This large oil on canvas (circa 1982) depicts the moment that people turn their backs on one another….(Part of a large series of paintings)Featured Image -- 19828

Making a living as an artist is not easy.     It takes tenacity, courage and a great deal of creativity.     As I look back on my nearly fifty year career I can see that my journey has been eventful, exciting, sometimes desperate, but throughout there has always been the knowledge that I was following the right path.

Despite the difficulties and disappointments along the way, I have, and continue to experience great joy as an artist and will forever be grateful to have chosen this path.

Large oil on canvas (circa 1990) depicting what was one of the most important turning points in my life and career. 

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By the time I painted this self portrait (circa 1990) – I had already learned that to make my way as an artist I would need to adapt to unusual situations and trust in my intuition.    By 1990, sadly my marriage was dissolved and I was left with no money or support.

Refusing to give up my life as an artist, I listened to my intuition and chose to live and work in my West Chester, Pennsylvania, studio, which at that time had no heat or running water.     I learned so much about myself during this period.

Along with giving workshops at the Chester County Arts Association, I began working with Bonnie Paul, a well established art consultant.       Bonnie provided the art work for large corporate entities….and through her I received many commissions.

Part of the studio in West Chester Pa., on Prescott Alley.   By this time I had heat and running water in the building.    

The large still life painting  you can see through the opening was part of a series of work that sold well and paid for renovations, etc.     Scan 74 

What I haven’t mentioned is that I began my career as a ‘wildlife painter’ – and so when I was commissioned to make a fund raising poster for the Philadelphia Zoo of course I jumped at it.    Proceeds from the poster were to contribute towards a new big cat area at the zoo.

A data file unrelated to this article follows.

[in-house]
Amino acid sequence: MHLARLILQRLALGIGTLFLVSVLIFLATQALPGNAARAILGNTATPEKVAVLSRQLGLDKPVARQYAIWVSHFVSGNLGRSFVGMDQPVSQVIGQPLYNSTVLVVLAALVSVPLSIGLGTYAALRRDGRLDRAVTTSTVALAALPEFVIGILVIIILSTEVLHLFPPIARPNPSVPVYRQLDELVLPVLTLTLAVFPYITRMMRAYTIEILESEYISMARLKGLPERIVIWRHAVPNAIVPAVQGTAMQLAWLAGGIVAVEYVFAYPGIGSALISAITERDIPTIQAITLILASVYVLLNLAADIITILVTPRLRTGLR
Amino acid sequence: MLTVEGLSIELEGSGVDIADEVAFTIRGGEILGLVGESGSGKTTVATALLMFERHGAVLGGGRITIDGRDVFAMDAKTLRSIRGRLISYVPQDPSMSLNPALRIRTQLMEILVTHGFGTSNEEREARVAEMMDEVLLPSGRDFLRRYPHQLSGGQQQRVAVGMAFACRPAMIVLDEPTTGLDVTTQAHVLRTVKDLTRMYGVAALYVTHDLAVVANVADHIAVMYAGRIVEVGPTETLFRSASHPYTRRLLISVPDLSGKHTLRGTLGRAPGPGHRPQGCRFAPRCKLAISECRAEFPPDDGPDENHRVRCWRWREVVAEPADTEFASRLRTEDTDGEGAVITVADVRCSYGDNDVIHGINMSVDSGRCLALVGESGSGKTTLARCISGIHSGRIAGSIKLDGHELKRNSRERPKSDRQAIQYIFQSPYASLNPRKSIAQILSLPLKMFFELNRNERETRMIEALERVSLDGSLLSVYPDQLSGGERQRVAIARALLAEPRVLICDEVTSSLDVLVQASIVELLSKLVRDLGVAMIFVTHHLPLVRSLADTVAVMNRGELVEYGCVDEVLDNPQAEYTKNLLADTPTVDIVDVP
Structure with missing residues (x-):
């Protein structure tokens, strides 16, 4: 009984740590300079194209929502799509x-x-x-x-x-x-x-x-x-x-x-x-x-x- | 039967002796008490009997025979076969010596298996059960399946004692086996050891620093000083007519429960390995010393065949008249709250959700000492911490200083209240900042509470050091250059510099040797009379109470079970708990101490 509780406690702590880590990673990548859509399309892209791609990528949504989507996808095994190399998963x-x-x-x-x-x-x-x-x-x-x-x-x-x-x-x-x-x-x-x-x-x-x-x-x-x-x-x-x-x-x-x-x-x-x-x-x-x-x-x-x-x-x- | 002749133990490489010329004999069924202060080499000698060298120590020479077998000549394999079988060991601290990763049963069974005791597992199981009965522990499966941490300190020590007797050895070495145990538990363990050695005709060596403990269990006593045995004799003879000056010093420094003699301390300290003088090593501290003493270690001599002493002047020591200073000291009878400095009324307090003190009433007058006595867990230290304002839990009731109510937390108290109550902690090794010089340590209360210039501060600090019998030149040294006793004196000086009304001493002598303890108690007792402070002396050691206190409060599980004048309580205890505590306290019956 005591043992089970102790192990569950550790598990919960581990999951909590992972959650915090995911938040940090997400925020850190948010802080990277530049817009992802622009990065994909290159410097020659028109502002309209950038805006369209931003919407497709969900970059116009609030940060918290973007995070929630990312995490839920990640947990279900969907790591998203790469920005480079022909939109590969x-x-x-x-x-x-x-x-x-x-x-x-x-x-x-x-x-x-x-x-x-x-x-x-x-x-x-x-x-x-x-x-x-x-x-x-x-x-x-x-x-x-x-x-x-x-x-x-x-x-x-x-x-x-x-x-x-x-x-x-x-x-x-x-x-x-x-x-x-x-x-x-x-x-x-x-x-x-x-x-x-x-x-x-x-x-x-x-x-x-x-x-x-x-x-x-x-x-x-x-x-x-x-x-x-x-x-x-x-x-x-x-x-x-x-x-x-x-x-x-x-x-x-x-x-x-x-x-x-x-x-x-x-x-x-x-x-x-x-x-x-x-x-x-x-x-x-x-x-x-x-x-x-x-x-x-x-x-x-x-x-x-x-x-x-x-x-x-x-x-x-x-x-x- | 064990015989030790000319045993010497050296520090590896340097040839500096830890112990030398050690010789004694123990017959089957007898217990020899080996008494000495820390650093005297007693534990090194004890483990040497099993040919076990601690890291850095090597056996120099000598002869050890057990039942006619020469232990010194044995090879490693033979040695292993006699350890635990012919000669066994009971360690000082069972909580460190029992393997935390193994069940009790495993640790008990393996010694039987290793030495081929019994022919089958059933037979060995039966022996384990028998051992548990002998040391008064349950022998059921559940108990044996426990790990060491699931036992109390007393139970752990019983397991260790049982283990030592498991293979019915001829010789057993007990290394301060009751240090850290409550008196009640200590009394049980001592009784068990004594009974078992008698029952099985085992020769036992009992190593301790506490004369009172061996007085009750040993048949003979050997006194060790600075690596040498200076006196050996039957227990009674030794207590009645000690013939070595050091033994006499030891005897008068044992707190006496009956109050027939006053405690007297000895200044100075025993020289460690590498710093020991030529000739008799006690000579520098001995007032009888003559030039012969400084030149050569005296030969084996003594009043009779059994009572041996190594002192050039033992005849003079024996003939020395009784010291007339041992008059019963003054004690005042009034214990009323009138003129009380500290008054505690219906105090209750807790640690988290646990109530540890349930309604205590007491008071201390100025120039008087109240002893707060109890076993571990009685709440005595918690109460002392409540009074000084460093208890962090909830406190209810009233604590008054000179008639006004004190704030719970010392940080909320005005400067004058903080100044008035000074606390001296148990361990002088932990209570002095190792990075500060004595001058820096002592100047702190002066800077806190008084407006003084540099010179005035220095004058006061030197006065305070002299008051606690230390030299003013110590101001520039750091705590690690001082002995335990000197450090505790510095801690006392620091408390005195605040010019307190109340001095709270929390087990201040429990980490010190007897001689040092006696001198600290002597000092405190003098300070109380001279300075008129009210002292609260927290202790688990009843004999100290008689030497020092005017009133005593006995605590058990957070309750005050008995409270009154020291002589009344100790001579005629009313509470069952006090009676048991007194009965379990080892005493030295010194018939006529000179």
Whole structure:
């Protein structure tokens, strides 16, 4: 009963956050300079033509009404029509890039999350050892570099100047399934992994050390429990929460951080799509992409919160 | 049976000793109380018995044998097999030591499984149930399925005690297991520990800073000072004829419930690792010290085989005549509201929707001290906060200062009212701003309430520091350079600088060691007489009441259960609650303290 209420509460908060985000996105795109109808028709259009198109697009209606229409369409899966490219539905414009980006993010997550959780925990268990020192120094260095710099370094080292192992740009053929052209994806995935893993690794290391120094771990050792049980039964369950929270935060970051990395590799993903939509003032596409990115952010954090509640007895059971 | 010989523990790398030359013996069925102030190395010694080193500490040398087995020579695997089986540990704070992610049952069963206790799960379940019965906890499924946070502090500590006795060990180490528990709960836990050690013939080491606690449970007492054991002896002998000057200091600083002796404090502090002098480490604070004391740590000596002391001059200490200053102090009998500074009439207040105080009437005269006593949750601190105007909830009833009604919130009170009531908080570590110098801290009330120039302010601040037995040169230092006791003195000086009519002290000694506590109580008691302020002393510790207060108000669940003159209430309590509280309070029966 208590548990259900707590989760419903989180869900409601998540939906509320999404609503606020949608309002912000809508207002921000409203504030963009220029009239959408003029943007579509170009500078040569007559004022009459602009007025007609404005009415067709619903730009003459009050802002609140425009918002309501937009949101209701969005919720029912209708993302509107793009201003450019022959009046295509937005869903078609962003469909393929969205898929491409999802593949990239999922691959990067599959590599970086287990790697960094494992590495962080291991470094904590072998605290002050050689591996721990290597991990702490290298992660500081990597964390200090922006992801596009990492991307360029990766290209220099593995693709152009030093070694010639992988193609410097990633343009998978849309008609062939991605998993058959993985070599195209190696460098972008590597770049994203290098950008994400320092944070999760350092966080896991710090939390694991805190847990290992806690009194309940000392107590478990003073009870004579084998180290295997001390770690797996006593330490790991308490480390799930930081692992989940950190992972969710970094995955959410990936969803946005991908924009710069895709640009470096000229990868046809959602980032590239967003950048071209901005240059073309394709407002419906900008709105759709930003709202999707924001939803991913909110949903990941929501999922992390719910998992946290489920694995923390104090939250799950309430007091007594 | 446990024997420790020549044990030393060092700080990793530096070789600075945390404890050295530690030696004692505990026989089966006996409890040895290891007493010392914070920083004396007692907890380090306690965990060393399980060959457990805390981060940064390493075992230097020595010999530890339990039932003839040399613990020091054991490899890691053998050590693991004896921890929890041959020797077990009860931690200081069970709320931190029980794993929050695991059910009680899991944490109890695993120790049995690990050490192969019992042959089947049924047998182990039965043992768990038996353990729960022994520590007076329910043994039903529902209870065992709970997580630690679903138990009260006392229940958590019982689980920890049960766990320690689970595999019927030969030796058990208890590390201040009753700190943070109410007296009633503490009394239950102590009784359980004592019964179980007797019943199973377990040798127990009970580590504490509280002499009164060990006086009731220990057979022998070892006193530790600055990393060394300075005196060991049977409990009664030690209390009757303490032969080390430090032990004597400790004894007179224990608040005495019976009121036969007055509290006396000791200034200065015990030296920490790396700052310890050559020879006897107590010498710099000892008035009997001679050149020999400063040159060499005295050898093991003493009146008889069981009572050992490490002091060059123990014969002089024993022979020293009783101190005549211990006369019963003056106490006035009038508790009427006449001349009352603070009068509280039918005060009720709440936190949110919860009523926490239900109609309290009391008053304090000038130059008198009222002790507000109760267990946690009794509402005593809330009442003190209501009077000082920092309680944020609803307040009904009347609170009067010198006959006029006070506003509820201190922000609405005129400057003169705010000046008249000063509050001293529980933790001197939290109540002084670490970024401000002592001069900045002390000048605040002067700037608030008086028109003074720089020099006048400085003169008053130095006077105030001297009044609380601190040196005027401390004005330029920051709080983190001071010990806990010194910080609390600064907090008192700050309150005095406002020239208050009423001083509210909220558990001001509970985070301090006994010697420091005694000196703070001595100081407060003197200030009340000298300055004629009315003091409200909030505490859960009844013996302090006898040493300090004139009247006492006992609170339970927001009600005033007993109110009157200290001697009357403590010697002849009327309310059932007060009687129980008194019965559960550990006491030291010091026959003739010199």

Another way to make income and remember this is all before Social media…..

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In 1993, I returned home to the UK and moved to Crickhowell, Wales (the Magical Town of Crickadoon)  where I stayed with my cousin Lyn and her family.    Through Lyn and PJ’s design company, I continued to paint murals and at the same time give workshops. and exhibit. 

I took this photograph last weekend when visiting my cousin Lyn in Cardiff.   Here is Lyn standing in front of a large oil on canvas portrait I painted of. her in 1994. 

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It was during my twelve years in Crickhowell, that I was introduced to the internet.   It was still prior to social media, digital phones/cameras etc….but seeds were being sown and something about it appealed to me. 

It’s important to note that I only use social media to view other artists work and to show my own….I don’t use if for much else, which is why I still probably enjoy it. 

Social media allowed me to show hummingbirds, and all sorts of other work.   Many of my friends on both sides of the Atlantic have noted that social media joined up all the dots…..   In short it got me out of the pigeon hole syndrome…..

Detail from large mural…where I first began to incorporate the hummingbird symbolising the unseen magic in our world.  (circa 1989)30073021_10156254550480396_5015561812048311931_o

This past weekend, I filmed my first web cam demo.   Hopefully within a week or so it will be edited so that I can share with you all.    Another way that social media helps we artists.

For now I wish you all well and send a magical hummingbird.

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A bientôt.